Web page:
Spray Polyurethane Foam is an insulation drastically different from any other form. It can form a continuous air barrier on walls, roofs, around corners, and on many surfaces in and around a home or building. It is created on-site by mixing two chemicals that react quickly to create a rigid foam. It not only insulates, but seals gaps, and some foams can form a barrier against moisture and vapor.
Spray foam is a high quality, versatile insulation product that can be added to a new home or installed during a renovation or retrofit job. It is a multi-purpose product that insulates, seals and acts as an air barrier. Certain types of spray foam can act as a moisture barrier, weather barrier, or even as a sound barrier.
As much as 40% of a building’s energy is lost due to air infiltration. Gaps, holes and air leaks—which can all be prevented—can make energy bills unnecessarily high and let valuable resources go to waste. Spray foam can be used to fill these gaps and stop the leaks in many areas of a home or building. Some common spots for air leaks that can be sealed with spray foam include:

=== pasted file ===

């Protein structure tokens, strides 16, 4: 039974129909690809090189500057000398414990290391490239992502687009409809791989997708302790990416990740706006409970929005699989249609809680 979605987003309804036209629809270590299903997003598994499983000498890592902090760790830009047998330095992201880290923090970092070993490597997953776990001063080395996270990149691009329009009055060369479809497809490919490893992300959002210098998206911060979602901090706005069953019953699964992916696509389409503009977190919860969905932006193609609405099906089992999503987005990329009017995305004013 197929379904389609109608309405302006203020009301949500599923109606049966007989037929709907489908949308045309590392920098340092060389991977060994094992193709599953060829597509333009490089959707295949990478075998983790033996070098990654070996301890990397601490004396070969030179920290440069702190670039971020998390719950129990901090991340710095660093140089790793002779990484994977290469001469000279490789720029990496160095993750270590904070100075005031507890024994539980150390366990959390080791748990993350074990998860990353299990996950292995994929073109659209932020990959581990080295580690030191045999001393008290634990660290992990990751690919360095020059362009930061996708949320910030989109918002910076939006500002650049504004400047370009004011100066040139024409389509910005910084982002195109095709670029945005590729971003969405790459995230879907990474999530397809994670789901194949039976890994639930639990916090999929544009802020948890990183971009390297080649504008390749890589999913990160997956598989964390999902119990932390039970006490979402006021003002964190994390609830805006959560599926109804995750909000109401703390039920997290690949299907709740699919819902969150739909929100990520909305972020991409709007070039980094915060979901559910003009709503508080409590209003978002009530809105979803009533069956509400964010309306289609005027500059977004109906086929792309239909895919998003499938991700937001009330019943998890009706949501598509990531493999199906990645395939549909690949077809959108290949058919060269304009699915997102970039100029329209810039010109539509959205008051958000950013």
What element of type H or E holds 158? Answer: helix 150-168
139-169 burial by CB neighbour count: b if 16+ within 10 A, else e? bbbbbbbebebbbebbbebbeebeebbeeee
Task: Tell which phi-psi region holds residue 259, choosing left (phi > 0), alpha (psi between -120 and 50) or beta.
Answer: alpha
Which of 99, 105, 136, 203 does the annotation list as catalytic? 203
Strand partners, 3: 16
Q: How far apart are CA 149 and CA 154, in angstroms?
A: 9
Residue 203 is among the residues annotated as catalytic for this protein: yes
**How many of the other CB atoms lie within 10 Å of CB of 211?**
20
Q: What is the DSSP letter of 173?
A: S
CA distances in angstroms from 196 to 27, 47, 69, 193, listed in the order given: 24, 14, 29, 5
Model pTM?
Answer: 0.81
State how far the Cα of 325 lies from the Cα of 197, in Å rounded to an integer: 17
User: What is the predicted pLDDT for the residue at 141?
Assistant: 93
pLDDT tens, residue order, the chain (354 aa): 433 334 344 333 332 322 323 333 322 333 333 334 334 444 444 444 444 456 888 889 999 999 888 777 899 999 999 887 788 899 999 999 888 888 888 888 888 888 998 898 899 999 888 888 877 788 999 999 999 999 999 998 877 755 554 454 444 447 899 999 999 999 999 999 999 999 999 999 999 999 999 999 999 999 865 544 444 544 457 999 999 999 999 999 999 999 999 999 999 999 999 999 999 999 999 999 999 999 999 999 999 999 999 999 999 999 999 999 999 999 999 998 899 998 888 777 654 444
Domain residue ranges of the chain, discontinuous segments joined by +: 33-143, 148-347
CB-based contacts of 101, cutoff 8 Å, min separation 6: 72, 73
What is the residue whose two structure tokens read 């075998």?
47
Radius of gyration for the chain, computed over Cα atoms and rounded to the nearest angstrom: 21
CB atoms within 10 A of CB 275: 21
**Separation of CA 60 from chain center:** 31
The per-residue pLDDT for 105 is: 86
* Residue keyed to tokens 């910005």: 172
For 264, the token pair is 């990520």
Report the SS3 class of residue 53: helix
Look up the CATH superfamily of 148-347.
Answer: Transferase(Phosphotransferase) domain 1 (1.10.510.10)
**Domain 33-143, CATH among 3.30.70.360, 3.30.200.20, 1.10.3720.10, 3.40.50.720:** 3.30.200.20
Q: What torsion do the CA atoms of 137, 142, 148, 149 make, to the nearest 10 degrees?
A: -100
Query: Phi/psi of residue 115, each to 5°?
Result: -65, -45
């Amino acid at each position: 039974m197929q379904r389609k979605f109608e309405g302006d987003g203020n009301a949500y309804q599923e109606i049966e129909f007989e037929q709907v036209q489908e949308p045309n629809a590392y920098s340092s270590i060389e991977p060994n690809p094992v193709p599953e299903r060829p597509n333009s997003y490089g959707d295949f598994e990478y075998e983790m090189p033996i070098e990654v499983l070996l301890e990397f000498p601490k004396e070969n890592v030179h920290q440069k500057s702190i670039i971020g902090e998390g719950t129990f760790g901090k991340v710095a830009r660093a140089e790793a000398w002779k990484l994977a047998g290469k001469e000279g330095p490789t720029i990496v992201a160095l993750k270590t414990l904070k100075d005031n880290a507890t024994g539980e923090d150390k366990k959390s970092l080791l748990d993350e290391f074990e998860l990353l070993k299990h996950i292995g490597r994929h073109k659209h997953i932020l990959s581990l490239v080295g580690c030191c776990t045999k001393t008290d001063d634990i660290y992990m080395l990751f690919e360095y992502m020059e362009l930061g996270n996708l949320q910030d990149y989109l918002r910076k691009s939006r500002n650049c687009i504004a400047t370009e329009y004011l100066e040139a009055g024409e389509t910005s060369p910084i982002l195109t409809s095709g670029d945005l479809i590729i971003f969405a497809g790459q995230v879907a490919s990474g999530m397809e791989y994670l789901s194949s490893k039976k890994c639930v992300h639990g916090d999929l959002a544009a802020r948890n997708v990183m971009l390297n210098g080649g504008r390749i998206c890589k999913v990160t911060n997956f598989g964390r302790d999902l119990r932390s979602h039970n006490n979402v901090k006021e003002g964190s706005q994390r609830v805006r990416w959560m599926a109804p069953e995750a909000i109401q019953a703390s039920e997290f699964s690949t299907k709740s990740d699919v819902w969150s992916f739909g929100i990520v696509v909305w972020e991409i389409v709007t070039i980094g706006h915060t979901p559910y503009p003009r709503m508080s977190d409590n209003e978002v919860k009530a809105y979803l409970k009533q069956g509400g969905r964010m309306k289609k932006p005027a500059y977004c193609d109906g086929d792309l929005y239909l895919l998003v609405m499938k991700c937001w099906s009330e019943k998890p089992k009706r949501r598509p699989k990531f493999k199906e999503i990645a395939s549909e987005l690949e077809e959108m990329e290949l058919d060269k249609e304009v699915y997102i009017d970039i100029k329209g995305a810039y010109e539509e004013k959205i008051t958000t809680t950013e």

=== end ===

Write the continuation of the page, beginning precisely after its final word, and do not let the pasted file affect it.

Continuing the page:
Behind knee walls
Energy efficient spray foam insulation, when properly installed, deliver energy savings of up to 45% for the life of your property. I’ve been in plenty of these homes and can tell you that when spray foam is installed properly, they outperform 99% of fiberglass batt-insulated, stick-built homes.
OPEN-CELL SPRAY FOAM
Open-cell spray foam insulation is a spray-applied, half pound density, non-structural, thermal insulation material used in wall cavities, floor assemblies, ceiling assemblies and in attic applications. Open-cell foam insulation is a performance upgrade over conventional insulation that leads to energy.
CLOSED-CELL SPRAY FOAM
Insulation is one of the most efficient insulating materials commercially available, with aged R-Values above 6.6 per inch. Two inches of closed-cell spray polyurethane foam insulation will minimize air infiltration, exfiltration, convection, conduction and control solar driven moisture in the building envelope.